‘Love Jihad’ has been an issue that has been manufactured by extreme right wing activists in the recent past, targeting inter-faith marriages. The target of such fringe hoodlum groups have been to show that Hindu girls (or even Christian girls) are being lured into marriage by Muslim youths, with the idea of involving them in terrorist activities. One such case – commonly known as the Hadiya case – has become famous. This case originated from a division bench of the Kerala High Court.
An almost identical case has arisen in the same court, handled by a different division bench.
Without comment, it would be interesting to see how the two benches have handled the cases.
First, the original Hadiya case
Hadiya , then K M Akhila, was a homeopathy student in Malappuram before she married Shefin Jahan on December 19 last year. They got introduced through a Muslim matrimonial website in August 2016. Two days after their wedding, Hadiya was asked to appear before the Kerala High Court in a habeas corpus petition filed by her parents. Her parents had approached the court alleging forceful conversion.
The court then granted Hadiya’s custody to her father KM Asokan and also directed the Kottayam district police superintendent to provide them protection. The High Court had annulled the marriage on May 24.
Hadiya, then 25, was not happy. Jahan, 27, challenged the high court verdict in the Supreme Court. On August 10, the Supreme Court asked the National Investigation Agency to look into this. That Supreme Court bench was headed by the then Chief Justice J S Khehar.
The top court also ordered the formation of a committee under the chairmanship of former SC judge Justice RV Raveendran. However, Raveendran had refused to head the committee.
Despite Hadiya being an adult, the high court had maintained that the girl was “weak and vulnerable” and susceptible to exploitation, and that “marriage being the most important decision in her life, can also be taken only with the active involvement of her parents.”
The other case
Now the other love jihad case, handled by another division bench of the same court.
On Thursday (October 19) this bench slammed the various religious groups’ campaign against what they call ‘Love Jihad’. The court bench said: “Every case of inter-religious marriage shall not be portrayed on a religious canvas and create fissures in the communal harmony otherwise existing in God’s own country Kerala”.
This division bench, comprising Justices V Chitambaresh and Satish Ninan said this in case – another habeas corpus petition – filed by Anees Hameed, a 25-year-old from Kannur, who was seeking the release of his wife Sruthi Meledath from her family’s custody. This bench ruled that Sruthi be allowed to stay with Hameed and dismissed the woman’s parents’ petitions, as well as a helpline run by a Christian group that wanted to implead itself in the case.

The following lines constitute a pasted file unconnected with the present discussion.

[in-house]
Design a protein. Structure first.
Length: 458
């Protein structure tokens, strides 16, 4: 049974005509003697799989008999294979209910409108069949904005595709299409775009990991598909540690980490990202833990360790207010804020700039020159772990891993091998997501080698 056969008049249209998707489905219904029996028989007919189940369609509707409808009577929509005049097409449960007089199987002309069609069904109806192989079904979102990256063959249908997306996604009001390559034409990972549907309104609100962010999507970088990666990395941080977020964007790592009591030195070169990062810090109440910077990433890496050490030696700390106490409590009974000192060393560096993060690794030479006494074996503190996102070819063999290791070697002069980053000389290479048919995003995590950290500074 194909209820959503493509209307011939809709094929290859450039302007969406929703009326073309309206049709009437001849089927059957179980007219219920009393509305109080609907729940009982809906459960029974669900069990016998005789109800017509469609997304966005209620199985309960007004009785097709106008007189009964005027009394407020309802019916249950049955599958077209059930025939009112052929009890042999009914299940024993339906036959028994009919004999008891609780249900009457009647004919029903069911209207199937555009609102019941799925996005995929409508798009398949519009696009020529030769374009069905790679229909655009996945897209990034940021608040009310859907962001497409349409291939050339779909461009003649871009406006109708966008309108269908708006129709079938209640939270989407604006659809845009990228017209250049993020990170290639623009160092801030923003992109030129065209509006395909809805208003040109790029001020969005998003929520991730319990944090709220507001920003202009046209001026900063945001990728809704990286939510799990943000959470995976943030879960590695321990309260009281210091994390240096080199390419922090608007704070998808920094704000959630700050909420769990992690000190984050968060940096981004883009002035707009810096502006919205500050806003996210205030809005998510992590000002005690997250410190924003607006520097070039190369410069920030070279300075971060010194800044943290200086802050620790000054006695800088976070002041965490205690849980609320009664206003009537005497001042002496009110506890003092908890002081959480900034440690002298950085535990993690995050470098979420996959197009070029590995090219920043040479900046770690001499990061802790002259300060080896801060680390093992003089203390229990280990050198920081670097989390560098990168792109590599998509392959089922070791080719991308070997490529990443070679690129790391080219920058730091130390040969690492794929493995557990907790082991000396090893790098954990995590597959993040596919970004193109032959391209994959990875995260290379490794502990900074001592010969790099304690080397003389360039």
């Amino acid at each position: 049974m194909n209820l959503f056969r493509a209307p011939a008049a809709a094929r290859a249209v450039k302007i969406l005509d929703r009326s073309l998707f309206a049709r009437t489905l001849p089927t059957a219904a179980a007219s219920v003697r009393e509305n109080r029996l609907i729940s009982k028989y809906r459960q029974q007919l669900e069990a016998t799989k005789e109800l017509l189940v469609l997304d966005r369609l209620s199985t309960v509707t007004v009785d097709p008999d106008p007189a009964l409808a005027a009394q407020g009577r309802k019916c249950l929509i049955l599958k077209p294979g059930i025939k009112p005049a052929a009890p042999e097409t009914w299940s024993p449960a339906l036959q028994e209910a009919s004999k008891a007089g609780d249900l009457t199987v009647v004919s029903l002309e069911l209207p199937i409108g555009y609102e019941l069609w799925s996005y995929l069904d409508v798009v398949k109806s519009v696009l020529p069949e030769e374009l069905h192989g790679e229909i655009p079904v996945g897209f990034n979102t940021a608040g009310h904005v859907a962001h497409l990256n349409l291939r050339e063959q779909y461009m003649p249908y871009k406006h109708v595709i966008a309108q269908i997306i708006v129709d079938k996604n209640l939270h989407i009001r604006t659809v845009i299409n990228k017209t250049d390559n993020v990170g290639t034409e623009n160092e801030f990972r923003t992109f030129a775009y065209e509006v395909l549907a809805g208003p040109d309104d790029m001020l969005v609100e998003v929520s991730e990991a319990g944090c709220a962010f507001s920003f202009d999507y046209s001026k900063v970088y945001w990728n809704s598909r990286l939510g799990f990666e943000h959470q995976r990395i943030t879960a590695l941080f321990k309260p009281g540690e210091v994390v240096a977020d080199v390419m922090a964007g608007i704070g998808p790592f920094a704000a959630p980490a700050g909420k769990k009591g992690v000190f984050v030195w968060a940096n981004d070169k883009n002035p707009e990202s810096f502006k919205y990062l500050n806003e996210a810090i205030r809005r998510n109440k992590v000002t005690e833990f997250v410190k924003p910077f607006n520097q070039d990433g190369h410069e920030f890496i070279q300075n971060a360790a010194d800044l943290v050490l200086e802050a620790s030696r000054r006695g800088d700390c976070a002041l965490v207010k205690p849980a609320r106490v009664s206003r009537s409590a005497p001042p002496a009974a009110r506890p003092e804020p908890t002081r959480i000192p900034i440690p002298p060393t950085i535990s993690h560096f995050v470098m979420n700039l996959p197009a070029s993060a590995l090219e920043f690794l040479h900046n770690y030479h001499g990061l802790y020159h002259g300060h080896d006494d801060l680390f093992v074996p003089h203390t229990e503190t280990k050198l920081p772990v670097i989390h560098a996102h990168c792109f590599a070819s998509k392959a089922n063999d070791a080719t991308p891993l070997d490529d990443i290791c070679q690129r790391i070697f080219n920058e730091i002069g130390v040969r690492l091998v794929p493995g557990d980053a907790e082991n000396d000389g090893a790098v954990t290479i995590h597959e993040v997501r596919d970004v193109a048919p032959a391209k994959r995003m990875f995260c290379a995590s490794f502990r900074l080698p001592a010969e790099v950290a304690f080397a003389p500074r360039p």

The court said it will “protect the individual liberty of even the lowest citizen of this country and unlock the doors of freedom if there is a faintest doubt that she is unlawfully confined or illegally detained.”
Like Hadiya, Sruthi too had stated in court that after the marriage her family had forcibly kept her away from her husband. Sruthi had been confined to Siva Sakthi Yoga Vidya Kendram near Kochi, which reportedly helps “reconvert” Hindu women who have embraced other religions.
In this case the court’s observations are critical. The bench said: “We are appalled to notice the recent trend in the state to sensationalise every case of inter-religious marriage as either love jihad or ghar wapsi. Disturbing news is coming from several parts of the country that young men and women who undergo inter-caste marriages are threatened with violence or violence is actually committed on them.
“In our opinion, such acts of violence or threats or harassment are wholly illegal and those who commit them must be severely punished. This is a free and democratic country and once a person becomes a major, he or she can marry whosoever he or she likes. If the parents of the boy or girl do not approve of such inter-caste or inter-religious marriage, the maximum they can do is that they can cut off social relations with the son or the daughter. But they cannot give threats or commit or instigate acts of violence, and cannot harass the person who undergoes such inter-caste or inter-religious marriage,’’ the bench said.